If They Can Do It, I Can Do It, and So Can You


I have read on several blogs that a great way to generate more traffic was to be active and comment on the sites and blogs of others. At first, I dismissed this, because I wanted to be known for my writing on it’s own merit. I also didn’t really believe it would help, and I was being greedy and only wanted to do take actions on tasks that would benefit me. Lately though, I have come to realize that the underlying reason behind this was that in essence, I didn’t particularly care to comment, and I was selfish. I was too busy with my own writing and life to spend time on other sites.

I now realize that is a load of crap, both my own reasoning behind it, and my greediness. What was a real kick in the teeth for me was my last week’s post, 22 People Who are Better Than Me (in a good way!). I listed 22 writers, adventurers, community leaders, and creative folks who inspire me with their work. What floored me was getting a response.

The Minimalists (Joshua & Ryan) wrote me, saying thank you for the love. They were also adamant they were not better than me.

Corbett Barr wrote, thanking me for listing him, and encouraging me not to sell myself short.

Brendan Leonard (Semi-Rad) wrote, saying he was not better than me, but that he could probably eat more waffles than I could.

Jeff Goins has responded to nearly every email I’ve written him.

All of these men have experienced far more success than I have, and have lives just as busy as I do. But they all took the time to respond to me, and encourage my writing. What a gift! So for me to be snobby about commenting on other sites is absurd, arrogant, and lazy.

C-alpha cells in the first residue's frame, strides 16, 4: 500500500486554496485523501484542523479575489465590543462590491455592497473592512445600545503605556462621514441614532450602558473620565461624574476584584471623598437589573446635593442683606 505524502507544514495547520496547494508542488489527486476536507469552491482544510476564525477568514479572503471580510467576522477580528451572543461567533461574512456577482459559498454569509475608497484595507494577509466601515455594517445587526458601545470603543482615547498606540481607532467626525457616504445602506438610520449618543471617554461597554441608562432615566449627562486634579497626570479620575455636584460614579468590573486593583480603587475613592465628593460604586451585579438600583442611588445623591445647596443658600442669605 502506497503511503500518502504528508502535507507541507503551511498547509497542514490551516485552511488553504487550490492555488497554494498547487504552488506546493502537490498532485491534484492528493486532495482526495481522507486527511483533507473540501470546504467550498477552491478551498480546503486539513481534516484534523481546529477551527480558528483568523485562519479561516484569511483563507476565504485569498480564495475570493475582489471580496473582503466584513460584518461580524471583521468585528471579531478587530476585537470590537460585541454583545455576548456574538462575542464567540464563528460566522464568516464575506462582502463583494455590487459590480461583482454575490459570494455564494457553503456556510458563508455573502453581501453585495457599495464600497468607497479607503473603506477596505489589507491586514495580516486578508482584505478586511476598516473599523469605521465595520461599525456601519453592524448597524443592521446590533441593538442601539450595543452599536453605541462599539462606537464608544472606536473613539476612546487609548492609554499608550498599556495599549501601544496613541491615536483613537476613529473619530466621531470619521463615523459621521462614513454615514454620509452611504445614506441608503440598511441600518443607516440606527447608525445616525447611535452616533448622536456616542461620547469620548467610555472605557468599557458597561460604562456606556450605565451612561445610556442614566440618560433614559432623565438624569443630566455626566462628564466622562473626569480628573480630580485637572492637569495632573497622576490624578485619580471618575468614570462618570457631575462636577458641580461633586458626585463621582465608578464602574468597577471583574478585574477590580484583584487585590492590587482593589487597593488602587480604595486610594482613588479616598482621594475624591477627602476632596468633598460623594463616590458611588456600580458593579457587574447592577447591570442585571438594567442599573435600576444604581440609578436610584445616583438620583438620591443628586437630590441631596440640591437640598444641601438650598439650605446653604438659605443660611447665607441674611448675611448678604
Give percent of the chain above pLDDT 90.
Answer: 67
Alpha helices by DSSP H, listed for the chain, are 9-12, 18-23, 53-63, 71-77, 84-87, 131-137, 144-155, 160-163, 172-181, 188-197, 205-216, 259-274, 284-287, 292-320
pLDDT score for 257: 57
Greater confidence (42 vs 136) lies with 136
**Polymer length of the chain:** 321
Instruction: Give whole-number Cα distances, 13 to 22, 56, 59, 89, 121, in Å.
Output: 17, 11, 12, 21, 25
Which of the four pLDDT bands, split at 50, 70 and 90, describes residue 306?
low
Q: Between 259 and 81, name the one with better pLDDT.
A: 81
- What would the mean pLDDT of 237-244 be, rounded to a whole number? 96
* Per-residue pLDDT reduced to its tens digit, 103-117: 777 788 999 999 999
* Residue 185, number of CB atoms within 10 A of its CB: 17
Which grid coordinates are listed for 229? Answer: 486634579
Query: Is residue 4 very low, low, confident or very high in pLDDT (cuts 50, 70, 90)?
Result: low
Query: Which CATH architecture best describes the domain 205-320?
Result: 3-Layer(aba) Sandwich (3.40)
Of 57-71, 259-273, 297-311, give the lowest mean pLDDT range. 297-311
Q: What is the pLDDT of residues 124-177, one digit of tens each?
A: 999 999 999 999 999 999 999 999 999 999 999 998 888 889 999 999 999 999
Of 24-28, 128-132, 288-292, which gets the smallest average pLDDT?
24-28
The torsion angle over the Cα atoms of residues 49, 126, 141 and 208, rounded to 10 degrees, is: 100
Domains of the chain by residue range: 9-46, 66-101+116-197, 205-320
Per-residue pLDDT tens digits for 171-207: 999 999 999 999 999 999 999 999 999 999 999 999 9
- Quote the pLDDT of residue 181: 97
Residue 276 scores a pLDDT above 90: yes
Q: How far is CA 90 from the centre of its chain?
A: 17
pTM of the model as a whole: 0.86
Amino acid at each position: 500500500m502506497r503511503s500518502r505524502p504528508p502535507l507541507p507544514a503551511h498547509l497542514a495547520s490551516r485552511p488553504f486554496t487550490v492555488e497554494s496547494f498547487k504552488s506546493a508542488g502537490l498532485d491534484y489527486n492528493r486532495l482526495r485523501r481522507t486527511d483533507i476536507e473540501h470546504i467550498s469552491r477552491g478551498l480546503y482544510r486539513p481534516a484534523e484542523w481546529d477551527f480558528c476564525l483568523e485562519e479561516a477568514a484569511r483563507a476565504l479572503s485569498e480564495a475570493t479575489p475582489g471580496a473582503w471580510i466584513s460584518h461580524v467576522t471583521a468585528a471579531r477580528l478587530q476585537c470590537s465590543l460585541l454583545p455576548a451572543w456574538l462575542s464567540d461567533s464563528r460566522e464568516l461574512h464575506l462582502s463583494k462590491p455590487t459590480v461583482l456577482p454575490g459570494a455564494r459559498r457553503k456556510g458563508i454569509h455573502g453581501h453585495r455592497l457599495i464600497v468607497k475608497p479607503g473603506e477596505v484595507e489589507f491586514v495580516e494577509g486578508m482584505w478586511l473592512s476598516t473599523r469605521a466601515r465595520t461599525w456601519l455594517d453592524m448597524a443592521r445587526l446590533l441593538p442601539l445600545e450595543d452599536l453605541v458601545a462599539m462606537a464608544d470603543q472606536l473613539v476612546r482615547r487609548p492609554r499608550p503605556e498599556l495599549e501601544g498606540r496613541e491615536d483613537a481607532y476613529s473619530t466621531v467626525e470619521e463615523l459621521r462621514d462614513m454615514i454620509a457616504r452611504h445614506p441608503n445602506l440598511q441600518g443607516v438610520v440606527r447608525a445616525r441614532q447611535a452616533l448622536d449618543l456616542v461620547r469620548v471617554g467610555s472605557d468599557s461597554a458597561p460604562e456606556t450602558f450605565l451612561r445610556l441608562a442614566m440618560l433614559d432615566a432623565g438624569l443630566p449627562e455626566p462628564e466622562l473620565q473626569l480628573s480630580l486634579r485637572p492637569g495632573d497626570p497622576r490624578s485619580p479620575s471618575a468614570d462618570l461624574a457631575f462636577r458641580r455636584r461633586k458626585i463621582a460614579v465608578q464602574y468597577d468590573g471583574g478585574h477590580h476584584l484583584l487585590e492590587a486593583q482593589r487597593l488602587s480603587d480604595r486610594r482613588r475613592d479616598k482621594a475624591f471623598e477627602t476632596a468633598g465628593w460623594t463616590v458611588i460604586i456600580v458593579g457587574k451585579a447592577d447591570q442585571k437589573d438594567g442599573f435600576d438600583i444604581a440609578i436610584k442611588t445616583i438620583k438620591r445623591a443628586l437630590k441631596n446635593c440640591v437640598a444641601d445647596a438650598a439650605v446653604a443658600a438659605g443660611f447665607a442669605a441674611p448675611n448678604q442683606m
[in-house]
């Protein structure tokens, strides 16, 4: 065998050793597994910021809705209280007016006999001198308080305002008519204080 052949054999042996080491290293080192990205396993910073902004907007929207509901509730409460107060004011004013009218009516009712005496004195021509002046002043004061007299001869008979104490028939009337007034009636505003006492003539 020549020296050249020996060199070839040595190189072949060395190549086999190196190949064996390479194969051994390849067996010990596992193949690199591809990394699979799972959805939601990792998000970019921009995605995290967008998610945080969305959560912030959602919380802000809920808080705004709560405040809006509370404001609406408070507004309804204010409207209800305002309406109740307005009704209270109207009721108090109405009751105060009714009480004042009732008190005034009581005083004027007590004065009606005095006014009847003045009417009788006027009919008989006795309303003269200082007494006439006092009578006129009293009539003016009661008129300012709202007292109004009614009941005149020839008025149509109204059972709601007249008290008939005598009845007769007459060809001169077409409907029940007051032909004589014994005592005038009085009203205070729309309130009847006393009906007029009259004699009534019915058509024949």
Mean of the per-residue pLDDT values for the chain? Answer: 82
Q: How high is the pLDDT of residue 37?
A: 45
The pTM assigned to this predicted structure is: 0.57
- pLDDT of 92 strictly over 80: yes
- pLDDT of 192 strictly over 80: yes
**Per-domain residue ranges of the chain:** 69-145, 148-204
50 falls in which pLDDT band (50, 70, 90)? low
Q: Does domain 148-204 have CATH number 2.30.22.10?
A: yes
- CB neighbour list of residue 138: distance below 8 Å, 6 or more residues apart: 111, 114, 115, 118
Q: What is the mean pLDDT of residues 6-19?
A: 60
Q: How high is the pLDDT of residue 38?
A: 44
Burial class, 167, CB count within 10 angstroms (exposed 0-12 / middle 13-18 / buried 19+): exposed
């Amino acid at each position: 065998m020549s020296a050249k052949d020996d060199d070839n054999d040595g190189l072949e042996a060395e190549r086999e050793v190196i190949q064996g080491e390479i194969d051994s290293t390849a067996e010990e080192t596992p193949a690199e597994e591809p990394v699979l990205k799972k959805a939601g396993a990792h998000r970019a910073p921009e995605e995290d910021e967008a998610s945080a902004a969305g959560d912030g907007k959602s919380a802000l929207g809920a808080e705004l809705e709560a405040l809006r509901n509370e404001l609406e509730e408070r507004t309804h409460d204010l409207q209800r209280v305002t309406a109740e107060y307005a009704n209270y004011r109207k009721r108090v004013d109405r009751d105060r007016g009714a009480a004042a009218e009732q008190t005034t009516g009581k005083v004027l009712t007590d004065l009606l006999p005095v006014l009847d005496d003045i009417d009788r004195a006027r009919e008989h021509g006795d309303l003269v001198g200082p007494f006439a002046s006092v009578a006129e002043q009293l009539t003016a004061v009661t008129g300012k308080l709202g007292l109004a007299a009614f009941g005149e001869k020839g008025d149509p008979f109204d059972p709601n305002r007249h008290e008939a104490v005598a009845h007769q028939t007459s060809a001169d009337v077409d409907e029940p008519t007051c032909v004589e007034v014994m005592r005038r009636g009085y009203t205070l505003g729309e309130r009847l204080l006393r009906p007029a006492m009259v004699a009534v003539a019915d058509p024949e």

By the way, I want to thank everyone who takes the time to read what I’m putting down, and commenting on it. It’s a tremendous gift to me to receive your thoughts and feedback. I apologize it took some heavy hitters to knock me out of my slumber!

I still don’t believe I’ll go around mass-commenting on posts just to drive up my own brand, but I will certainly be trying to add value or a kind word to the posts I am reading. If we take care of others, I believe we will be taken care of ourselves. Thanks again.

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2 thoughts on “If They Can Do It, I Can Do It, and So Can You

  1. I don’t think the point of commenting is to “go around mass-commenting on posts just to drive up [one’s] own brand.” I was adverse to commenting, too, for awhile but then I started regularly reading other people’s blogs and I realized the point is to develop a community. For me, that’s a community of bloggers with a passion for writing. Now we exchange our short stories for critiques, are constantly commenting on each others blogs, exchanging ideas, and learning from the other’s writing experience. I have a lot more blog followers, but I follow a lot of them back because I think they have something valuable to say. If a blogger blogs in a bubble, they’ll never be inspired by others and, in my opinion, blog posts become repetitive and one-dimensional.

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